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Hepatitis C

What is Hepatitis C?

Hepatitis C is a liver disease caused by infection with the hepatitis C virus. The virus causes liver inflammation, which interferes with proper liver function. Hepatitis C can eventually lead to severe, permanent liver damage and cirrhosis and may be complicated by liver cancer. Because the initial symptoms are mild, hepatitis C often goes unnoticed until years later when liver damage is discovered.

There are six major strains, or genotypes, of hepatitis C. Genotype 1 is the most common type in the United States. Types 1, 2 and 3 are found worldwide; type 4 is found throughout Africa, 5 is common in South Africa, and 6 is common in Asia.

What causes hepatitis C infection?

Hepatitis C is caused by the hepatitis C virus (HCV). This virus enters the body through infected blood (much less commonly through other body fluids) and then multiplies in liver cells.

What are the symptoms?

Most infections begin with a sudden (acute) illness, often so mild that you may not notice symptoms. Many people with acute illness will go on to develop long-term (chronic) infection. 1 Hepatitis C is considered chronic when the liver is inflamed for longer than 6 months.

In cases of acute infection, young children usually have no symptoms. Older children and adults may develop mild symptoms, such as fatigue, headache, sore muscles, abdominal pain (specifically, pain in the upper right quadrant), and dark urine. In some cases, jaundice—a condition in which the skin and whites of the eyes appear yellow—may also develop, but this is uncommon in acute hepatitis C infections.

In cases of chronic infection, most people, especially young children, have no symptoms. If symptoms develop, they may include fatigue, mild abdominal discomfort, dry skin and itching, and a general sense of not feeling well (malaise).

How is Hepatitis C diagnosed?

Hepatitis C is diagnosed with blood tests that look for signs of liver inflammation, antibodies to the hepatitis C virus, and its genetic material.

A liver biopsy may be performed to see whether the virus has scarred or damaged the liver, help determine the most appropriate treatment, and see whether treatment is successful.

How is it treated?

Chronic HCV infection may be treated with medications that fight viral infections. The current standard treatment combines two antiviral medications: peginterferon and ribavirin. However, this treatment is not an option for everyone because of its significant side effects or because of continuing problems with substance abuse, psychological conditions (such as schizophrenia) that interfere with the ability to take scheduled medications, or financial constraints (the medications are expensive).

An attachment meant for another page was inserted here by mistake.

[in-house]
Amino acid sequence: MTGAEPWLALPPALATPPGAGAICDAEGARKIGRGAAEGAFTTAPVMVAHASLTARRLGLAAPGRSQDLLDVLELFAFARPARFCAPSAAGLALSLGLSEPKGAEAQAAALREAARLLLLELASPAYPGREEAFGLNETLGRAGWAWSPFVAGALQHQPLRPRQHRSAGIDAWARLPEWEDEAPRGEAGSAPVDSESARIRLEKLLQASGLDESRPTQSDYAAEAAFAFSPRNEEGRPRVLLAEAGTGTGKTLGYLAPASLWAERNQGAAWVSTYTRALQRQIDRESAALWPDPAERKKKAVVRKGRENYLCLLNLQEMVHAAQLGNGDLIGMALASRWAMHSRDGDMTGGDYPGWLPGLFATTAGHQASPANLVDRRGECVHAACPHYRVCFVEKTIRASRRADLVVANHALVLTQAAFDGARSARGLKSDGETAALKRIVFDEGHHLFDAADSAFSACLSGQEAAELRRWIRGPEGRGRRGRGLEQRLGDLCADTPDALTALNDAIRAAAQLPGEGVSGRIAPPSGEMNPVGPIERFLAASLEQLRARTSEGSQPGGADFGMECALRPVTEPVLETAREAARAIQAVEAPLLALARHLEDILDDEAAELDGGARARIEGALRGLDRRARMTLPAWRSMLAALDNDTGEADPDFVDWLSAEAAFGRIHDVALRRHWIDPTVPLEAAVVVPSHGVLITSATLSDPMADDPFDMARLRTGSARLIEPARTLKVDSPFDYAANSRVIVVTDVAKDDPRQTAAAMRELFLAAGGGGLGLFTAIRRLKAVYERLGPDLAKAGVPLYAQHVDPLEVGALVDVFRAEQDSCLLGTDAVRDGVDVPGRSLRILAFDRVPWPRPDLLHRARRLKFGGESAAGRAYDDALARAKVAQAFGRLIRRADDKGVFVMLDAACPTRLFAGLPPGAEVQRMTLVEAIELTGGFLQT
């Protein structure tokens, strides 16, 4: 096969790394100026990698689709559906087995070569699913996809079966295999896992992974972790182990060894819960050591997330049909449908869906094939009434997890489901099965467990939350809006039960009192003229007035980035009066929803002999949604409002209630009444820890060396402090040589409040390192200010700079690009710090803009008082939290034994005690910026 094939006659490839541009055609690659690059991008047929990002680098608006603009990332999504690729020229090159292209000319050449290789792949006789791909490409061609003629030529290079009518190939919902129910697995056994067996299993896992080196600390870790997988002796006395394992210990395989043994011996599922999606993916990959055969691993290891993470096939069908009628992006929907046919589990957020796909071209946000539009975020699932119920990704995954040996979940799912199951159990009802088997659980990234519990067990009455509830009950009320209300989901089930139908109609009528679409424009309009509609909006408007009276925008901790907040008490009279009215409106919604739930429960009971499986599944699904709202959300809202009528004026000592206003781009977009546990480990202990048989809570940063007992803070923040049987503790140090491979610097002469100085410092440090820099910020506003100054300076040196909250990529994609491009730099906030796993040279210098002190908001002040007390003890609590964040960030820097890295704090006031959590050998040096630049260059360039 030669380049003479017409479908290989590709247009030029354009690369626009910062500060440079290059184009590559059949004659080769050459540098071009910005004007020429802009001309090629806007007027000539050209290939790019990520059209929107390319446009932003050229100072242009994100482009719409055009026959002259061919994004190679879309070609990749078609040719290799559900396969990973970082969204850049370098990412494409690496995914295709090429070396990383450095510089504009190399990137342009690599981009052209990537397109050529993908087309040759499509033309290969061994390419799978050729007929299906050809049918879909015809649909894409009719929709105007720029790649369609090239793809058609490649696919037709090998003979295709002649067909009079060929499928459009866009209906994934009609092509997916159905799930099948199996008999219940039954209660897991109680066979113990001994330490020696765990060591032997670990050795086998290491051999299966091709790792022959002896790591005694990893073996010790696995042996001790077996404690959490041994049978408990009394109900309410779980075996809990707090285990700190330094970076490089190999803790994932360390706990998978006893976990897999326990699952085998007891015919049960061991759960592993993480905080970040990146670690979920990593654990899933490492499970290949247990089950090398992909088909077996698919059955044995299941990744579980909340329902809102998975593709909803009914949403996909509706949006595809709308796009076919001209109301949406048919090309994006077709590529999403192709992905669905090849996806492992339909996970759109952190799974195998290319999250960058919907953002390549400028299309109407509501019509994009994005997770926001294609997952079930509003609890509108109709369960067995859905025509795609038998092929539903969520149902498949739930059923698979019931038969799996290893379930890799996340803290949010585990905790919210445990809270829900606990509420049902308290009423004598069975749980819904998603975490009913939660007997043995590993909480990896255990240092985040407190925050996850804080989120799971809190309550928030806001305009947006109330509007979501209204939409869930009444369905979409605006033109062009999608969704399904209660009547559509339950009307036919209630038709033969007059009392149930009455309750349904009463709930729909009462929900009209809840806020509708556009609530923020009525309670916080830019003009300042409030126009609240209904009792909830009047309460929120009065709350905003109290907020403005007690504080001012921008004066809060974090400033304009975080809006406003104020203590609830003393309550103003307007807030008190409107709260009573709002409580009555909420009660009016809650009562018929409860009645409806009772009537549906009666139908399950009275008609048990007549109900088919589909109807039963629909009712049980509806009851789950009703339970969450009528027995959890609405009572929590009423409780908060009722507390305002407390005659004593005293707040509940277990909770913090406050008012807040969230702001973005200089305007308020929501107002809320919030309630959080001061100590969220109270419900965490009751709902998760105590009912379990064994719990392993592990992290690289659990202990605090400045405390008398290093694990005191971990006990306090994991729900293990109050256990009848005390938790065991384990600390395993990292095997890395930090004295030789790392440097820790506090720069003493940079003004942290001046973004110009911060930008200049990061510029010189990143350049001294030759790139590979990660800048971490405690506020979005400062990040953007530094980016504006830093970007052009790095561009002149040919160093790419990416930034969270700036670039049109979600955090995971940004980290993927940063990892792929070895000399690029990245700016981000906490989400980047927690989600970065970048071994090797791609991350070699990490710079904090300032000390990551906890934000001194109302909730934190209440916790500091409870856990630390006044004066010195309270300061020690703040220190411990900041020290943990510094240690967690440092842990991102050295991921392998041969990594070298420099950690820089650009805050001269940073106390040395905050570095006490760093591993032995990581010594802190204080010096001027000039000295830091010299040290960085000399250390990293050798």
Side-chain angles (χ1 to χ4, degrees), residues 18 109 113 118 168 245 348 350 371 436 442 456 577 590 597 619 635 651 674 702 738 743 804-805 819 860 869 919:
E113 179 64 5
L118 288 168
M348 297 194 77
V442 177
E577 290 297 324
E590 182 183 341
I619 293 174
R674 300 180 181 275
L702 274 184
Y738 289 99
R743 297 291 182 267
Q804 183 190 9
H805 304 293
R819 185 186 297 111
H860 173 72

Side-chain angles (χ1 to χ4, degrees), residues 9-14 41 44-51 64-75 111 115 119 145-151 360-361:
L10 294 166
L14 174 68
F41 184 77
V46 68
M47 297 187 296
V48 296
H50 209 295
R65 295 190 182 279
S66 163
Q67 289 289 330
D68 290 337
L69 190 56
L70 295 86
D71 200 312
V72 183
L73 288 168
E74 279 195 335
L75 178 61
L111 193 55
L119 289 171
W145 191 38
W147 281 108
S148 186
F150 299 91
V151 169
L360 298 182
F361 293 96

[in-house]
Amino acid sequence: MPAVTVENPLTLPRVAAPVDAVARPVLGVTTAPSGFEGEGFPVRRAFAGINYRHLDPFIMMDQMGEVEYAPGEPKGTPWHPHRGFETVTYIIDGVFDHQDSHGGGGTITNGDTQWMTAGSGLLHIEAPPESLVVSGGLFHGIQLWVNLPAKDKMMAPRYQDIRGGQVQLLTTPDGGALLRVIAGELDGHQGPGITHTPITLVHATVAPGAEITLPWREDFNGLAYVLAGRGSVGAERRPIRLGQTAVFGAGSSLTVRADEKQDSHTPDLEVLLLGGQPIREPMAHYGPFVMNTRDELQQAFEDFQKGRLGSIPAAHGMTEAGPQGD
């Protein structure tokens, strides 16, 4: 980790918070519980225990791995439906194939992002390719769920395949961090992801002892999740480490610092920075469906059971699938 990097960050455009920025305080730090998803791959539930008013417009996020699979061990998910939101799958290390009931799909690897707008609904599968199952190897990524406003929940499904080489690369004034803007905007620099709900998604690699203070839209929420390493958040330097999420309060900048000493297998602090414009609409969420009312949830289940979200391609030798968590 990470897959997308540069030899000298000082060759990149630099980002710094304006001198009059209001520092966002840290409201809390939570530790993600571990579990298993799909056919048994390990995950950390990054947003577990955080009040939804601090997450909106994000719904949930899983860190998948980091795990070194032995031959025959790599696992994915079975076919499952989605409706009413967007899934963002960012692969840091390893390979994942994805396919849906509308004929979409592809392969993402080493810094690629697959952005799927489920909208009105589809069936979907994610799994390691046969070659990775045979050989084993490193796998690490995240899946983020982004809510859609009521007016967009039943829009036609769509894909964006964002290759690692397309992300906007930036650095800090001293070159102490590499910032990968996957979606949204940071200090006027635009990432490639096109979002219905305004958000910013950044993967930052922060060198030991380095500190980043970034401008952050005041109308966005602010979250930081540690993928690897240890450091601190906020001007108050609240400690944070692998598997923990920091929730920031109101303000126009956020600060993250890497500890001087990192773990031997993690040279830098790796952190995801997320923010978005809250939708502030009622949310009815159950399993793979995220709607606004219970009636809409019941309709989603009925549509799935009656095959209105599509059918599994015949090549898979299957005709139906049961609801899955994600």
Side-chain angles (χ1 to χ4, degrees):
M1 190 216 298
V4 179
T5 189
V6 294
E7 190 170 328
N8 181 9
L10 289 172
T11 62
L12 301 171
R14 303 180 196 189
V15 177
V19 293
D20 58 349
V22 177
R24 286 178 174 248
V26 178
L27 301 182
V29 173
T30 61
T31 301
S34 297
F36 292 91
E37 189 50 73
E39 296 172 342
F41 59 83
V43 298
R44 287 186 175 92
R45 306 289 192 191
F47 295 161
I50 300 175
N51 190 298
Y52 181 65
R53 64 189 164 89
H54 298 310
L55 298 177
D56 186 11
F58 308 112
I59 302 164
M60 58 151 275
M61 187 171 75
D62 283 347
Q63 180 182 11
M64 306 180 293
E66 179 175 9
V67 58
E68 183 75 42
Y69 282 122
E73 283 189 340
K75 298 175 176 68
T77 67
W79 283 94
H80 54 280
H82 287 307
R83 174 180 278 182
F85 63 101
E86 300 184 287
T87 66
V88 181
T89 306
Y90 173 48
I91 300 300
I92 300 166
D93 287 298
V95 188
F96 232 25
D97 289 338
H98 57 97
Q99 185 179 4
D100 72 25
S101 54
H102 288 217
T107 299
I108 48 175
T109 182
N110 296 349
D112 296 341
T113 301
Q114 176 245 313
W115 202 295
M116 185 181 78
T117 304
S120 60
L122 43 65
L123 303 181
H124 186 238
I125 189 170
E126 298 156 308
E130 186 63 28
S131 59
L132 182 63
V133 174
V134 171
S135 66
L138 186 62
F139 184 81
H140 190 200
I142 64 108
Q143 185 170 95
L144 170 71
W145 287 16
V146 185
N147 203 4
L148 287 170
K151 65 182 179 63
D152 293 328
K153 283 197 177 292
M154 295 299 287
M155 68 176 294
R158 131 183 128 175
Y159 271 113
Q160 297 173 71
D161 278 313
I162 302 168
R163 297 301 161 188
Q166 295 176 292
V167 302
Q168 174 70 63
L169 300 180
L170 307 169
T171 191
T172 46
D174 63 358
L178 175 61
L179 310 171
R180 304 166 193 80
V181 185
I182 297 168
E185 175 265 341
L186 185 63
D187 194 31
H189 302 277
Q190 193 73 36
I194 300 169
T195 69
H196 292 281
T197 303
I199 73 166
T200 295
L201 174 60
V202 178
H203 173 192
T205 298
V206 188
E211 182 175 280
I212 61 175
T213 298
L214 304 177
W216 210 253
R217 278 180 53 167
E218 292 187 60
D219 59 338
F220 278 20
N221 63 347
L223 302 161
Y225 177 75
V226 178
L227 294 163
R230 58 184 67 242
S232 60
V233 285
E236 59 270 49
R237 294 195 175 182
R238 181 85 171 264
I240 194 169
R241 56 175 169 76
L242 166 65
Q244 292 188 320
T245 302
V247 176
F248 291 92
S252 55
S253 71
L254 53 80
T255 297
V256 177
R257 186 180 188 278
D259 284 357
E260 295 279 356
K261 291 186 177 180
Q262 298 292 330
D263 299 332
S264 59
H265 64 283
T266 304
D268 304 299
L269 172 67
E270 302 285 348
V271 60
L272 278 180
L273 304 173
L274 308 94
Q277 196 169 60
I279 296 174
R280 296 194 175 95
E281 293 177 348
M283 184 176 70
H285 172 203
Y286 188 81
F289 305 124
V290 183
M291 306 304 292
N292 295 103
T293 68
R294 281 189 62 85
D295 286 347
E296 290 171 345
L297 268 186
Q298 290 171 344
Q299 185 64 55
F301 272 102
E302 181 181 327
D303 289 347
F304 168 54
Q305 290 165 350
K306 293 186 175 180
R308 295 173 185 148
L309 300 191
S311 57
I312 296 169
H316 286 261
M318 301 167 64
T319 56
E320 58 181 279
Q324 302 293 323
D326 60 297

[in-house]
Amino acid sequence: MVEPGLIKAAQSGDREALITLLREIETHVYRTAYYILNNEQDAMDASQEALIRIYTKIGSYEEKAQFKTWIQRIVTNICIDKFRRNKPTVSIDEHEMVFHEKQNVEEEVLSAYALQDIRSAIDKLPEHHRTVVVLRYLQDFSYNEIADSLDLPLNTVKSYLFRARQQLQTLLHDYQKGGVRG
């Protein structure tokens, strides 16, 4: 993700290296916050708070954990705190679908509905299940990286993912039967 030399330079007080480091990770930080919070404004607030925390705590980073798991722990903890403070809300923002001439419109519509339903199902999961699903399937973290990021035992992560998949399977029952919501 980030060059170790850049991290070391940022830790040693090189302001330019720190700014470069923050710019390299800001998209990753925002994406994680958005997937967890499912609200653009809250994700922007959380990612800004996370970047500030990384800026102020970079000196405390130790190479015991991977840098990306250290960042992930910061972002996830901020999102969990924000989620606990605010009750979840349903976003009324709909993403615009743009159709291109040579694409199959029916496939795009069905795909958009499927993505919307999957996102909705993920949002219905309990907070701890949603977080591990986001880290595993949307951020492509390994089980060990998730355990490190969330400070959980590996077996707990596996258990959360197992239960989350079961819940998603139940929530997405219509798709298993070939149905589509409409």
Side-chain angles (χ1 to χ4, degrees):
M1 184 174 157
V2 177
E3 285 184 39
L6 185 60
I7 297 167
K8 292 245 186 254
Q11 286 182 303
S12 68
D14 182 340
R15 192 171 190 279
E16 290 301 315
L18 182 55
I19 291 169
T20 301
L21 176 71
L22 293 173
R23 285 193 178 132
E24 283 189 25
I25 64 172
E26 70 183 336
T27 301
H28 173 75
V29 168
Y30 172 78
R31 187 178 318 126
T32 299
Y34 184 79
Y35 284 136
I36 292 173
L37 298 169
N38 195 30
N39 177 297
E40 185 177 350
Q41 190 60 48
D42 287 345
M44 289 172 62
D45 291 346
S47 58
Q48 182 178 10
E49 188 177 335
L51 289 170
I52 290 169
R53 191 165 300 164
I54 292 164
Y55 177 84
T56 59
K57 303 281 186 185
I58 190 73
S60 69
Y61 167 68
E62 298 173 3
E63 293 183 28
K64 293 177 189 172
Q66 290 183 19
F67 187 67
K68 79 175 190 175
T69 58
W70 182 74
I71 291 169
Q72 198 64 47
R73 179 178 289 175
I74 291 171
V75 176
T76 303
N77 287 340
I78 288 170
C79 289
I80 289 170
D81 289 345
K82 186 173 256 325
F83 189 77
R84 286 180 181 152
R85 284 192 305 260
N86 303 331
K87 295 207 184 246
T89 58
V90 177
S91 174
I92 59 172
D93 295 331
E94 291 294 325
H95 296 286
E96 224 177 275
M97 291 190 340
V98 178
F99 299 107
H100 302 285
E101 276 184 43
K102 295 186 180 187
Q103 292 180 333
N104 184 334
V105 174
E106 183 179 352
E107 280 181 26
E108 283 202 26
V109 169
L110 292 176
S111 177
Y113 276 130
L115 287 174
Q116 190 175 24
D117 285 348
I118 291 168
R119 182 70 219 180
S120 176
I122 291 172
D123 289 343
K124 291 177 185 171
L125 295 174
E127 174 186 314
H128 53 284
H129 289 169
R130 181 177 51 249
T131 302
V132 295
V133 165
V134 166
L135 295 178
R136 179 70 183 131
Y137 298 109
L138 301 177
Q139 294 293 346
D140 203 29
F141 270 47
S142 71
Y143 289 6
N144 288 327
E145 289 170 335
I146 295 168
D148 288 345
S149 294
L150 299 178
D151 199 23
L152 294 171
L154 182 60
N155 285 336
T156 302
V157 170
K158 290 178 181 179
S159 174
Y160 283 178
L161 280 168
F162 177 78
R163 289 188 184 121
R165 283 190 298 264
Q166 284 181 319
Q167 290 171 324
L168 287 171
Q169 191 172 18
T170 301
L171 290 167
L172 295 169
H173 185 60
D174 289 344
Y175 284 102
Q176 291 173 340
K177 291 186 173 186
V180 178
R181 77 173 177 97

A new form of interferon, called peginterferon, combined with ribavirin stops the virus more effectively than standard interferon and ribavirin. 2 As a result, the combination of peginterferon and ribavirin has become the new standard of treatment. 3

Your response to treatment depends in part on which of the six hepatitis genotypes you have—and you may be infected with more than one genotype. Genotype 1 does not respond as well to treatment as the less-common genotypes 2 and 3. Other factors, such as the amount of virus in your system (viral load) and whether your liver has been scarred or damaged, may also affect how well you respond to treatment.

How is Hepatitis C spread?

The incubation period (the time it takes for the first symptoms to appear) is about 2 weeks to 6 months.

Anyone who tests positive for the hepatitis C virus (HCV) RNA is presumed to be contagious.

HCV spreads through contact with blood, most commonly by sharing needles and other equipment used to inject drugs. Health care workers face a low risk (less than 2%) of infection from accidental needle sticks and other occupational exposures.

The virus can spread through sexual contact, but the risk is low, especially for long-term monogamous couples. Risk increases for those who have multiple sex partners. Having a sexually transmitted disease or being infected with HIV may increase the risk of becoming infected with HCV.

In the past, the virus was spread through infected blood used in transfusions and infected solid organs used in transplantation. However, the risk of infection from these procedures is now extremely low; since around 1990, blood and organs have been routinely screened for hepatitis C.

While the risk is low, an infected mother can spread the virus to her baby at birth. The risk of transmitting the disease to the baby can be greater if the mother is also infected with HIV.



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